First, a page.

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Residents stranded by floods get lifeline

Pasco County commissioners came through Tuesday for a neighborhood marooned at the end of a flood-prone road north of Zephyrhills.

After residents complained last week about the huge ponds that form on Friar Tuck Trail _ and after a fire inspector warned rescue trucks couldn't drive on the road _ commissioners unanimously agreed Tuesday to spend up to $9,000 to repair the surface.

Then, County Administrator John Gallagher said, the county will encourage homeowners to pay off $700 in back taxes on the road, obtain ownership of it, and turn it over to the county. Eventually, residents may elect to have it paved with an assessment to each resident.

"I think that would work. I think we would want to do something like that," resident Laurie Barriger said after the meeting. "It would raise all of our property values."

Gallagher said a county inspection of Friar Tuck Trail found the road was in terrible condition.

Based on the fact that Zephyrhills Fire Department Capt. Inspector Rex Guynn told commissioners that his department couldn't get a rescue truck through deeply flooded roads, County Attorney Bob Sumner said the county could make a one-time emergency repair, even though the road is not on the county's system.

Friar Tuck Trail is inside the Zephyrhills fire district, just south of Otis Allen Boulevard.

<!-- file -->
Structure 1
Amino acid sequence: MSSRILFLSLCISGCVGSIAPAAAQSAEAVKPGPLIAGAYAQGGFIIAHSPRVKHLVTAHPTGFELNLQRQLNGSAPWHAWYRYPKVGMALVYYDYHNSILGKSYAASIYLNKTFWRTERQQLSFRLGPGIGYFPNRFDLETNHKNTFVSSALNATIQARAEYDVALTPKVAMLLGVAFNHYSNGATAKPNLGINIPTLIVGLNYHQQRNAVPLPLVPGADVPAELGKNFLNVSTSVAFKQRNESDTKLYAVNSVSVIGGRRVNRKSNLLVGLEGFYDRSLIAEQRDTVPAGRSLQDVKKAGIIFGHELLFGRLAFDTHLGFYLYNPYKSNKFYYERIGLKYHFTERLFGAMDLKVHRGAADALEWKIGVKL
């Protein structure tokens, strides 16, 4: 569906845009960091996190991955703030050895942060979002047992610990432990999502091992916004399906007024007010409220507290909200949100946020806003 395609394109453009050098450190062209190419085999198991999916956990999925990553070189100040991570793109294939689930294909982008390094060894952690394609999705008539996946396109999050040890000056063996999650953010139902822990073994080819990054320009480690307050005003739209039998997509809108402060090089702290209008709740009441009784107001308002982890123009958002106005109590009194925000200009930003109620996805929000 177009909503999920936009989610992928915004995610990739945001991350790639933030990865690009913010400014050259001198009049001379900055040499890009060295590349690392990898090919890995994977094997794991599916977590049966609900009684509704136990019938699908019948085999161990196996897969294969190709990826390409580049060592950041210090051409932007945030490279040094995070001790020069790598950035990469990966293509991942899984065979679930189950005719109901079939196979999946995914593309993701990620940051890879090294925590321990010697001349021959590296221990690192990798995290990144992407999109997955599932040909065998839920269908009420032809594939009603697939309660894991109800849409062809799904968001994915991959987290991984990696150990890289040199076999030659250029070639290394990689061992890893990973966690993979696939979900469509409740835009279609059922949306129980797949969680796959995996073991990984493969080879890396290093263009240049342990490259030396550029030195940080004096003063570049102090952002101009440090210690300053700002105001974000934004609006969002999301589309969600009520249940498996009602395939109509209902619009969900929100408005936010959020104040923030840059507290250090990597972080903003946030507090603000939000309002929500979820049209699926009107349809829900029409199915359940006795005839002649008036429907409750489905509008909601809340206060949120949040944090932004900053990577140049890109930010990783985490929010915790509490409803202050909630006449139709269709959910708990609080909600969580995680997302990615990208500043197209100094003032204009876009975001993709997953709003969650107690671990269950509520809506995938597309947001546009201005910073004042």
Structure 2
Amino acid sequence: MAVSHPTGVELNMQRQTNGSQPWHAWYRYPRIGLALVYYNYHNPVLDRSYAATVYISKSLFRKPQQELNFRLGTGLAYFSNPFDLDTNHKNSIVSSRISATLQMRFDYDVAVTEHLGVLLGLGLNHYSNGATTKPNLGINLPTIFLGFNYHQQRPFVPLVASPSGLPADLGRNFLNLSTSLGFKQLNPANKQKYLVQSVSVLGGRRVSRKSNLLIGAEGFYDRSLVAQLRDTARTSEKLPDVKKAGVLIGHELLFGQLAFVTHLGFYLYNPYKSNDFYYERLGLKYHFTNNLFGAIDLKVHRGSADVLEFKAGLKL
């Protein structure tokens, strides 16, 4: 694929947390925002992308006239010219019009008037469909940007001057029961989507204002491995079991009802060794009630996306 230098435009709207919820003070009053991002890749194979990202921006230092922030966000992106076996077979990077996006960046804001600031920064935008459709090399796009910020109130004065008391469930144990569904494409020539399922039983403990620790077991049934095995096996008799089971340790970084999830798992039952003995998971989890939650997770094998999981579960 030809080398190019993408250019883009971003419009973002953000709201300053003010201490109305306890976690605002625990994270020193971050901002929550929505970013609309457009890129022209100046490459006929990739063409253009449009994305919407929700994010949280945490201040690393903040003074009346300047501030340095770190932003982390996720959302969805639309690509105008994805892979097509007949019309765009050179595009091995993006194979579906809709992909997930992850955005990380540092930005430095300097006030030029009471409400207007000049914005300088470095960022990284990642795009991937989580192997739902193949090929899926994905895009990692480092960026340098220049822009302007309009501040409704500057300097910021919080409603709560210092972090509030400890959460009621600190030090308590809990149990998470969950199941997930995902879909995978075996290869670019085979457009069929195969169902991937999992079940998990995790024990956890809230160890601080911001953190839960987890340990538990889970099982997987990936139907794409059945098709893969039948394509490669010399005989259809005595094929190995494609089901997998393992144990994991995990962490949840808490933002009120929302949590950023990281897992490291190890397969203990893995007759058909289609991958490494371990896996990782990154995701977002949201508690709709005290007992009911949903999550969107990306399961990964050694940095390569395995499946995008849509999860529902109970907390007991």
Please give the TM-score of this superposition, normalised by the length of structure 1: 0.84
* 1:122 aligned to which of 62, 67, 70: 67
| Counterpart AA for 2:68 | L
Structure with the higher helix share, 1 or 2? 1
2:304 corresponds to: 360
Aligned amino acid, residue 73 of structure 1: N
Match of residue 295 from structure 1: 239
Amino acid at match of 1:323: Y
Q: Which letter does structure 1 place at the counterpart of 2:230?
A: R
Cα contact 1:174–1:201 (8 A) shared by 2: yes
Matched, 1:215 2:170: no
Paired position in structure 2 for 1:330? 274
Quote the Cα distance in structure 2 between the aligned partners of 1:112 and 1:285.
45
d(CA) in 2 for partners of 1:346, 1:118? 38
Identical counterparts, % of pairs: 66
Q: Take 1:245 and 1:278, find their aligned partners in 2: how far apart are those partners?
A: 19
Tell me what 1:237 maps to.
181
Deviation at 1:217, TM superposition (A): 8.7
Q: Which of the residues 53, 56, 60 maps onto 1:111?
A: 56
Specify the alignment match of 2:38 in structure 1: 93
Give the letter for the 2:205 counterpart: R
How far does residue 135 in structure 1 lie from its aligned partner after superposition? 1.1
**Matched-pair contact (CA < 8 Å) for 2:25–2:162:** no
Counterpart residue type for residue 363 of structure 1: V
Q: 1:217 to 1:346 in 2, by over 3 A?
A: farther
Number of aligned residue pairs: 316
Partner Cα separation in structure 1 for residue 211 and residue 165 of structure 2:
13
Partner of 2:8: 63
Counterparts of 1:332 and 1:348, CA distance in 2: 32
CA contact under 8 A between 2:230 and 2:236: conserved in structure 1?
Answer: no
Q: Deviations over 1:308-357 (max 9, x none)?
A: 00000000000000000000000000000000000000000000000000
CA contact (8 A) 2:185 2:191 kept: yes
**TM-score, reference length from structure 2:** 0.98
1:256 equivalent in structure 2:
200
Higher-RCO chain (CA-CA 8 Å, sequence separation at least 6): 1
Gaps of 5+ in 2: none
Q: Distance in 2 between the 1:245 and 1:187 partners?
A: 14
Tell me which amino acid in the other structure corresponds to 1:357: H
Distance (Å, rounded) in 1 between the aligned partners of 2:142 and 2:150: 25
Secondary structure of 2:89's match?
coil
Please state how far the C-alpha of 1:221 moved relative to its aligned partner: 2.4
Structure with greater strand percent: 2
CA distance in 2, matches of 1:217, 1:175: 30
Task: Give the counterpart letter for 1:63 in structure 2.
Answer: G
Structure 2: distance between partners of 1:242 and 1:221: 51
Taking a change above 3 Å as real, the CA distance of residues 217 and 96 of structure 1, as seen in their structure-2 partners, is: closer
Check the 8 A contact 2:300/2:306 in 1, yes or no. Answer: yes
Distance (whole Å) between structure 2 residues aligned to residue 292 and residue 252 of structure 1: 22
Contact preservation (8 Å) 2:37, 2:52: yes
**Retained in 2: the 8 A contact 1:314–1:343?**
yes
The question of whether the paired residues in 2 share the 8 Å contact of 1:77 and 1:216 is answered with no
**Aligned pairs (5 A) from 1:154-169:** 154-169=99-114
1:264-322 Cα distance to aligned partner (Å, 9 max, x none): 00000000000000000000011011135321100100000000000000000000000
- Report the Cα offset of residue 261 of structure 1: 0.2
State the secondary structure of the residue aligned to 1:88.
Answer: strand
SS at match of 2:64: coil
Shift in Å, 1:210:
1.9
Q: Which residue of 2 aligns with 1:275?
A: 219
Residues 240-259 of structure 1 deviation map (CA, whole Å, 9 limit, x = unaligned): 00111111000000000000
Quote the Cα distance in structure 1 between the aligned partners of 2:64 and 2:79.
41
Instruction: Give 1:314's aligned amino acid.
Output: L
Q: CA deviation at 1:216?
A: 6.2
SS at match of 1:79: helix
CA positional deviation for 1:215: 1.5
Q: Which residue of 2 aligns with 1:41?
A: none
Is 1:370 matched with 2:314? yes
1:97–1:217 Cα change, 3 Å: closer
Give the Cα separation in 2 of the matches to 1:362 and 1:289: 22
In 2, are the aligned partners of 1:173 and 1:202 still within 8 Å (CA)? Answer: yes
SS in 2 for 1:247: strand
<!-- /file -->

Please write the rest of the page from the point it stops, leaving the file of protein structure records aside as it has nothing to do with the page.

When they presented their case to commissioners last week, neighbors provided photos of the road after heavy rains, when floods stretched from edge to edge. In one photo, a resident was pictured paddling a canoe.

Part of the reason the road fell into such disrepair is that no one owns it, Gallagher said. The builder never turned it over to a homeowners association or paved it and gave it to the county.

No one has paid taxes on it, so the county is listed as the owner. But Gallagher said to correct the problems, someone will have to pay the back taxes, then legally transfer it to the county.

Commissioner Ted Schrader joked that Valrico tax deed speculator Don Connolly might be involved. Connolly has been in the public eye recently for buying up strategic parcels at tax deed sales, then selling them back at exorbitant prices to desperate homeowners living nearby.

"Mr. Connolly doesn't own the road?" Schrader asked.

Barriger said she left Tuesday's meeting happy.

"It seems like we got something done," she said.